Just kidding about the economists. Sort of.
Jay Currie was kind enough to tag me with a new meme that’s been spreading around the Canadian blogosphere thanks to the efforts of the Great Zerb. Whether or not this meme takes on the life of the wonderful book meme remains to be seen, but I doubt it, as it is a lot more restrictive, and requires more thought. But that’s what makes it interesting to me.
You are supposed to organize a committee of eleven smart and famous individuals to gather together and “rule your world”. The catch is, you only have a list of 100 individuals to work from, seen here at this BBC website. You must pick at least one leader, one thinker and one economist. The other eight individuals are totally up to you. And if you can explain your picks, then you’re blogging productively.
I’m up for a challenge, so here are my names:
1. The Dalai Lama.
2. Desmond Tutu
Tom Harper once said, “If I couldn’t be an Anglican, I might be a Quaker.” In that vein, If I couldn’t be a Christian, I might be a Buddhist. The philosophy of moderation appeals to me, and the Dalai Lama never fails to impress me with his thoughtfulness, and quiet resolve.
A South African Anglican minister who did his part in fighting apartheid, Desmond Tutu is on the list because he shares my faith and my interest in social justice. I am also salivating at the prospect of listening in on the conversations between him, Nelson Mandela and the Dalai Lama.
3. Nelson Mandela
4. Tony Blair
Nelson Mandela not only led his people to freedom, he managed to transform South Africa into a multiracial society without the country falling into complete violence and chaos. He’s no pacifist, but I think that’s forgivable given the injustice he fought against, and his true character can be seen in how he has treated all South Africans since the end of apartheid. He is quite possibly the most capable, most important world leader since Reagan and Gorbachev. Of course he’s on the list.
Tony Blair joins the team because of his pragmatic leadership and congeniality. I don’t think he’ll go down in history as a great leader, but he has an undeniable presence on the world stage. And, after Britain (through Thatcher) clawed its way back from economic ruin, he gave the country precisely what was needed: stable, managerial leadership. He’s Bill Clinton without the libido. And far more approachable than John Major.
5. Steve Jobs
6. Bill Gates
Steve Jobs would design all of our computers and the software that ran on them. We’d listen to all of our music on his superneat iPod nanos. Bill Gates would be aboard to show us how to make simply ludicrous amounts of money. But mostly these individuals are here to provide the entertainment. Them and a big vat of mud.
7. From the arts: Stephen Spielberg
8. From the arts: J.K. Rowling
9. From the arts: Salmon Rushdie
Maybe not the most actually artistic individuals on the list, and certainly not the type of artists and writers I typically hang out with, but J.K. Rowling comes aboard because she’s been wildly successful in the field I’m hoping to break into. She’s savvy, and for the most part doesn’t appear to have let success go to her head. I haven’t read anything that Salmon Rushdie has written, but he joins the list because he is the poster boy of persecuted writers everywhere, and I expect him to take the lead in the fight against censorship and for freedom of expression. (Judy Blume would be my substitute if he wasn’t available and I could include any young adult writer in my group)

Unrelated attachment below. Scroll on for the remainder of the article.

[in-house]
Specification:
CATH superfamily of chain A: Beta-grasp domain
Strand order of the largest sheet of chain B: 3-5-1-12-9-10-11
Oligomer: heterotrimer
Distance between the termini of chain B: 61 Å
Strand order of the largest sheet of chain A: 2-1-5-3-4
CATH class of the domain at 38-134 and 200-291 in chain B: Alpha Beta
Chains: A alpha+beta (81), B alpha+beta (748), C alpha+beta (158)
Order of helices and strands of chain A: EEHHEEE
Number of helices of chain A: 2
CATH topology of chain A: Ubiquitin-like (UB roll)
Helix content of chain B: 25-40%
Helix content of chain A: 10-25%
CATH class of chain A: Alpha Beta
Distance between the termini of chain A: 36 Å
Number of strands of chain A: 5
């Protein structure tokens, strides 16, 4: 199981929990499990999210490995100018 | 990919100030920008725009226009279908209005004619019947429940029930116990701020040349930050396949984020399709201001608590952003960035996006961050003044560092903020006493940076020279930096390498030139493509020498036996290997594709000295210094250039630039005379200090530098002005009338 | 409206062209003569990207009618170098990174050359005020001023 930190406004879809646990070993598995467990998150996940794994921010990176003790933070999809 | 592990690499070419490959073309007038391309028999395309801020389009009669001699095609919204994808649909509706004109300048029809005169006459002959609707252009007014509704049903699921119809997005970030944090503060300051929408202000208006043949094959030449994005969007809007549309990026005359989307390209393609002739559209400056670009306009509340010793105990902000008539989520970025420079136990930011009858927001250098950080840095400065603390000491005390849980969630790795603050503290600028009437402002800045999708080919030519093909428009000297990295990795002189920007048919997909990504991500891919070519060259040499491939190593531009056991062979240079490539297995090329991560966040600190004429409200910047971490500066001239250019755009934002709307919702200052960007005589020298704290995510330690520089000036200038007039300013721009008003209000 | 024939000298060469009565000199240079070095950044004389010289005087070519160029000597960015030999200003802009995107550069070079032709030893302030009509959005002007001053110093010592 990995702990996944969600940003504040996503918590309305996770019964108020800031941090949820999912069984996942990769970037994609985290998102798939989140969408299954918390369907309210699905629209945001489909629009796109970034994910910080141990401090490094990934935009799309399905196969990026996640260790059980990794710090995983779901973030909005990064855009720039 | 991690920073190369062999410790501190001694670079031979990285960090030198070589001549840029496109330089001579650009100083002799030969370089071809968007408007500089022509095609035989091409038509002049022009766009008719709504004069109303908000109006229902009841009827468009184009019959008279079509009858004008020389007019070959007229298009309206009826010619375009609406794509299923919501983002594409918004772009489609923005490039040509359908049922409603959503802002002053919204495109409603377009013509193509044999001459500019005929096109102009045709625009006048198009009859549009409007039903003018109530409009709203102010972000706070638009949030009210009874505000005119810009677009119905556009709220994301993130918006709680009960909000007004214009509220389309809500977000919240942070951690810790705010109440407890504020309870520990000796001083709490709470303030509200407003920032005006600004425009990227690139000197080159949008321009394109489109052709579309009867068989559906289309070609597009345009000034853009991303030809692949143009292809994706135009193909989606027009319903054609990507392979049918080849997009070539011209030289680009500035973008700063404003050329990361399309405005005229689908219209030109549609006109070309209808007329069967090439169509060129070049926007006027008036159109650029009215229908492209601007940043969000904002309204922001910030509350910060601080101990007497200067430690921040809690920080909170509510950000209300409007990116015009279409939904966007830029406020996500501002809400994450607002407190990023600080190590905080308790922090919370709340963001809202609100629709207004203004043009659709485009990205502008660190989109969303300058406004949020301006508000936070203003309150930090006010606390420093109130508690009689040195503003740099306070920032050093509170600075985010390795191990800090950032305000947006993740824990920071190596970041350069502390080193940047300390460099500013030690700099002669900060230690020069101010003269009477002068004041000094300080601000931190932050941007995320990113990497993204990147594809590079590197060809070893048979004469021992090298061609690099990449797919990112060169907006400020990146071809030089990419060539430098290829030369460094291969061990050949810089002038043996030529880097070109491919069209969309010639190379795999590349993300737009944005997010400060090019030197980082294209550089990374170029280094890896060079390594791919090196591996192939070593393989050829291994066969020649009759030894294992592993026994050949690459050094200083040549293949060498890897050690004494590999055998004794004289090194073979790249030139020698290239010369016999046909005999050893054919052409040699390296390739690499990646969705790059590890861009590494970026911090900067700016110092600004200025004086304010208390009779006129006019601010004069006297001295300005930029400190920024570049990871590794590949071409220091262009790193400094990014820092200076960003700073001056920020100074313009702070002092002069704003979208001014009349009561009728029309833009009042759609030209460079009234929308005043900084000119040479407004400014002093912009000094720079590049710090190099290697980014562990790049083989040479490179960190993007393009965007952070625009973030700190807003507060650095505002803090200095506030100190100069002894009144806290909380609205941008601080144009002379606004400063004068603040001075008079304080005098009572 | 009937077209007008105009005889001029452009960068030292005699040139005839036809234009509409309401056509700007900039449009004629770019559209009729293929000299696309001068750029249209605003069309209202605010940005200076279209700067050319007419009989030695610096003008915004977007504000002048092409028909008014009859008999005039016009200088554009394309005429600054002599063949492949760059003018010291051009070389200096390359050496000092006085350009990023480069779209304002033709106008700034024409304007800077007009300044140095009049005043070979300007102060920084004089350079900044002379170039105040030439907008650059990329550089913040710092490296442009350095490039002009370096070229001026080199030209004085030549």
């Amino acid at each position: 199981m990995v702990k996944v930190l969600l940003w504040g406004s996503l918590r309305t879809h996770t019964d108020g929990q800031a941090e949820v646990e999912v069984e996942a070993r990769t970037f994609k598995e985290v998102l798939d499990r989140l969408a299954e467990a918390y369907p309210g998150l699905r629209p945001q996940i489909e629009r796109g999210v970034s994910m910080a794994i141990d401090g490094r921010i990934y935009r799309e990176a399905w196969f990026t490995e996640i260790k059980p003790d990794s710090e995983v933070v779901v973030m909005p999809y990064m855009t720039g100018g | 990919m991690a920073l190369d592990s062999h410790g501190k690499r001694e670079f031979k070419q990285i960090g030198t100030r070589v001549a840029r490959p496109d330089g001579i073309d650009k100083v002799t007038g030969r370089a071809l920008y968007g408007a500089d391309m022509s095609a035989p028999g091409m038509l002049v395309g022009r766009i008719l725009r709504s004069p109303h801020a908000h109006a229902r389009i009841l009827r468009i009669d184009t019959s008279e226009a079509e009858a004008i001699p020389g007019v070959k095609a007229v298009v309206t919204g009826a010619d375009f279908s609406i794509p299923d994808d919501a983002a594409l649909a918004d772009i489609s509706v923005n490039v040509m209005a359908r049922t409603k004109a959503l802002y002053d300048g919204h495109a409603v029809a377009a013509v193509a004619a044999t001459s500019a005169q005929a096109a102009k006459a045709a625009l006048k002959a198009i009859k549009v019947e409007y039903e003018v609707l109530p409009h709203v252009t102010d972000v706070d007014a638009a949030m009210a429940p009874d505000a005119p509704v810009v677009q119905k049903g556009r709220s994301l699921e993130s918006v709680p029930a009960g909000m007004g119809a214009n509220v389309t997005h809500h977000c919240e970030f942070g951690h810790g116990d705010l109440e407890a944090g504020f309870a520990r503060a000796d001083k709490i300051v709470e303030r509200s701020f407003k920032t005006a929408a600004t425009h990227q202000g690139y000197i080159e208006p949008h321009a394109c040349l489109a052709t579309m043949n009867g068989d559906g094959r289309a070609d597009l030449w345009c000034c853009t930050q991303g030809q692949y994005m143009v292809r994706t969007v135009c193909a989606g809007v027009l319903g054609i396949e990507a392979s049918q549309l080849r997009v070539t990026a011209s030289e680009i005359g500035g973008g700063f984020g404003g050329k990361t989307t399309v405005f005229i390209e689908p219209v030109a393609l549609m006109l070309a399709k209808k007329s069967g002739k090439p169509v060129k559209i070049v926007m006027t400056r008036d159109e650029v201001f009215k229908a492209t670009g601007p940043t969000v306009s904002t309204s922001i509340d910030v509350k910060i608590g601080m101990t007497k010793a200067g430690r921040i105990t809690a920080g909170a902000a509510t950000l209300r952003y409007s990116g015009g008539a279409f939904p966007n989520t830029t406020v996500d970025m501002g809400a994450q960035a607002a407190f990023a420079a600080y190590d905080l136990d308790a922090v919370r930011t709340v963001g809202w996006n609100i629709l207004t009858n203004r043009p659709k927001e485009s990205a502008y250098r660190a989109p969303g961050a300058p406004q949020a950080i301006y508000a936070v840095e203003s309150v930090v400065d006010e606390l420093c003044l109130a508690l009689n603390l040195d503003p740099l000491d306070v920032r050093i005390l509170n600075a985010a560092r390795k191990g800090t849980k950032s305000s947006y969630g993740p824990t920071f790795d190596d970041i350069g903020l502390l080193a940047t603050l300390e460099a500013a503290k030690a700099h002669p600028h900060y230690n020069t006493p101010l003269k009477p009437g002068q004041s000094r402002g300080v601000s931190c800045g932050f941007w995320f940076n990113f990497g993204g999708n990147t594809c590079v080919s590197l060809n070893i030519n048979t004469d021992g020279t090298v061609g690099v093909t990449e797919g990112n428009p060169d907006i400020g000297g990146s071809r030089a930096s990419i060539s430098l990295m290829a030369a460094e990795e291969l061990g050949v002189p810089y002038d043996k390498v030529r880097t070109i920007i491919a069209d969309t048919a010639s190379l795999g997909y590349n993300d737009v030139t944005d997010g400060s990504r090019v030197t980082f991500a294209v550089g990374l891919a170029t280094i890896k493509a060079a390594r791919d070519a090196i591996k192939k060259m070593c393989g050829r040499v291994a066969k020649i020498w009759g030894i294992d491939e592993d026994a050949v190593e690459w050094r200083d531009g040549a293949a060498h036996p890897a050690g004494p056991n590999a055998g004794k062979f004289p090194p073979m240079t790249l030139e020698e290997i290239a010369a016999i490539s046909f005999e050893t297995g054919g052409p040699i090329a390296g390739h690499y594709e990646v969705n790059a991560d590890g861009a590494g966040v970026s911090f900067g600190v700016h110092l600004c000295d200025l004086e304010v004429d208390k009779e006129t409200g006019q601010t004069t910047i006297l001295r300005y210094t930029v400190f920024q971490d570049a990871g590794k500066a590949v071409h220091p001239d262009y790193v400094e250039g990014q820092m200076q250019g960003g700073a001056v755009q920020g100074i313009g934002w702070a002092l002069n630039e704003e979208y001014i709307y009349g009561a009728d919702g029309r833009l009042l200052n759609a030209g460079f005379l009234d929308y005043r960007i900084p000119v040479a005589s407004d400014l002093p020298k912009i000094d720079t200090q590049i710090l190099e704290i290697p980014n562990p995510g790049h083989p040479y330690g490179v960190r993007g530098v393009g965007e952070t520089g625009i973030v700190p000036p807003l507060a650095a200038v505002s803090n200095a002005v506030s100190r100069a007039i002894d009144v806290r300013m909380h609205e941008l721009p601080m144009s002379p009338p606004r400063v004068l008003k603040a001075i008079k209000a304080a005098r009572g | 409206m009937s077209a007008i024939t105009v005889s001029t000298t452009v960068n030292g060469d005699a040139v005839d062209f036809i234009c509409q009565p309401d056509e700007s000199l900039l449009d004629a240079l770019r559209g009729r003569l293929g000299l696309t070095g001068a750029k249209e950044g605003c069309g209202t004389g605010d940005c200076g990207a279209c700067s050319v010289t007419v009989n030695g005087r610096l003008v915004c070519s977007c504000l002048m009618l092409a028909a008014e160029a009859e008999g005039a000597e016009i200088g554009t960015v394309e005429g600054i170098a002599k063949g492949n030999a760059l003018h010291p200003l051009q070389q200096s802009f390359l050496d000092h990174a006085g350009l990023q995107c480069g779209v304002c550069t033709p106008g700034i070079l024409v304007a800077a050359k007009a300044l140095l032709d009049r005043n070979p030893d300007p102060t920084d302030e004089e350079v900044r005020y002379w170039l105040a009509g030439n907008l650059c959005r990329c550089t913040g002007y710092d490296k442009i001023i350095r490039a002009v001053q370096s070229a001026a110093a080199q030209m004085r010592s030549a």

Stephen Spielberg? Possibly the most capable filmmaker of the group. Even his mediocre movies stand out among the dross of Hollywood, and he has made some of the best films of our time. If I could substitute any film director, I’d pick Hayao Miyazaki.
10. From sports: Tiger Woods
I am not a sportsman, and this list has a dearth of non-British individuals in this field. But sports is important to a lot of people in my world, so it too deserves representation. Tiger Woods gets on this list because he seems a nice guy, the best in his field, and he’s adept at challenging stereotypes and breaking barriers.
If I could substitute anybody, it would be the entire roster of the Chicago Cubs, because they know heartbreak.
11. From design: Ingvar Kamprad
You can tell you’re in the future because all of the furniture is designed by Ikea. Or some other, more whacked out individual. Ingvar Kamprad, possibly the world’s richest man ahead of Bill Gates, got where he was by designing good quality furniture that appealed to the masses and wasn’t too expensive. As a corporate citizen, Ikea has a good record. He brings a Calvanist work ethic that will keep the other members of the committee on their toes, but still enjoying their jobs.
Who Should Be on the List
As this is a BBC list, it’s heavily skewed toward those individuals Britons would recognize. This leaves a lot of people out. Where is (as Jay noted) Jane Jacobs? As I am an urban planner, of course she would be on my list. Where is Frank Lloyd Wright? His urban planning ideas were wackier than even Corbusier’s, but there is no argument over the fact that he was an architectural genius, and has to be front and centre of any design committee.
There are no Canadian politicians on this list (which is no surprise, no matter how much of a nationalist I am), but if there had been, I might put Pearson or Trudeau there. Or maybe Bob Rae or Joe Clark. One of those four, not more. And what of former presidents? Is this list confined to just the living? (If so, I guess Frank Lloyd Wright is off, since you can hardly design things as a skeleton)
Now to tag five individuals
I’d be interested in responses from the following individuals: